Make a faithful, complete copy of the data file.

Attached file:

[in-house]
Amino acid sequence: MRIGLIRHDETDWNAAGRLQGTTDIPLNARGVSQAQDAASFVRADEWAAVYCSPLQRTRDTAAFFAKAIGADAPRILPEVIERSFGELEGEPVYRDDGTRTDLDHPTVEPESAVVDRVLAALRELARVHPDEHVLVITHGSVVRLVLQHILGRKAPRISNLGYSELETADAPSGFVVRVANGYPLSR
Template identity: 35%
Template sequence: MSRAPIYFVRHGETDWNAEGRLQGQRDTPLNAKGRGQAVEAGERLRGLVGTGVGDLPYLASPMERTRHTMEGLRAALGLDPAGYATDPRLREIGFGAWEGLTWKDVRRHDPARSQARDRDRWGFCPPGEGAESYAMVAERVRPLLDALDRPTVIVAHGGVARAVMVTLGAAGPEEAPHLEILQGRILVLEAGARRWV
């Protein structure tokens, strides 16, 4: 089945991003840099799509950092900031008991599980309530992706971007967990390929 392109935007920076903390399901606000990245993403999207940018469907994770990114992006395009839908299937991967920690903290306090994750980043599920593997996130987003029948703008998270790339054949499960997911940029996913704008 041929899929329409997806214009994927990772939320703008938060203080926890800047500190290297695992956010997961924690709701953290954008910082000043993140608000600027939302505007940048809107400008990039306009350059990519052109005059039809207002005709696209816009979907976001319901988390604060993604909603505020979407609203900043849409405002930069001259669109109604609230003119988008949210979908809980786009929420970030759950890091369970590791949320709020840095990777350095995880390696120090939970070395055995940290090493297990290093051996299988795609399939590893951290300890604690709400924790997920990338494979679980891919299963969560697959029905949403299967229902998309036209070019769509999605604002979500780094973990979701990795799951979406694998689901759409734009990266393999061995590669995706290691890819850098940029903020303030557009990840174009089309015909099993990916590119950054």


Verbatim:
[in-house]
Amino acid sequence: MRIGLIRHDETDWNAAGRLQGTTDIPLNARGVSQAQDAASFVRADEWAAVYCSPLQRTRDTAAFFAKAIGADAPRILPEVIERSFGELEGEPVYRDDGTRTDLDHPTVEPESAVVDRVLAALRELARVHPDEHVLVITHGSVVRLVLQHILGRKAPRISNLGYSELETADAPSGFVVRVANGYPLSR
Template identity: 35%
Template sequence: MSRAPIYFVRHGETDWNAEGRLQGQRDTPLNAKGRGQAVEAGERLRGLVGTGVGDLPYLASPMERTRHTMEGLRAALGLDPAGYATDPRLREIGFGAWEGLTWKDVRRHDPARSQARDRDRWGFCPPGEGAESYAMVAERVRPLLDALDRPTVIVAHGGVARAVMVTLGAAGPEEAPHLEILQGRILVLEAGARRWV
């Protein structure tokens, strides 16, 4: 089945991003840099799509950092900031008991599980309530992706971007967990390929 392109935007920076903390399901606000990245993403999207940018469907994770990114992006395009839908299937991967920690903290306090994750980043599920593997996130987003029948703008998270790339054949499960997911940029996913704008 041929899929329409997806214009994927990772939320703008938060203080926890800047500190290297695992956010997961924690709701953290954008910082000043993140608000600027939302505007940048809107400008990039306009350059990519052109005059039809207002005709696209816009979907976001319901988390604060993604909603505020979407609203900043849409405002930069001259669109109604609230003119988008949210979908809980786009929420970030759950890091369970590791949320709020840095990777350095995880390696120090939970070395055995940290090493297990290093051996299988795609399939590893951290300890604690709400924790997920990338494979679980891919299963969560697959029905949403299967229902998309036209070019769509999605604002979500780094973990979701990795799951979406694998689901759409734009990266393999061995590669995706290691890819850098940029903020303030557009990840174009089309015909099993990916590119950054």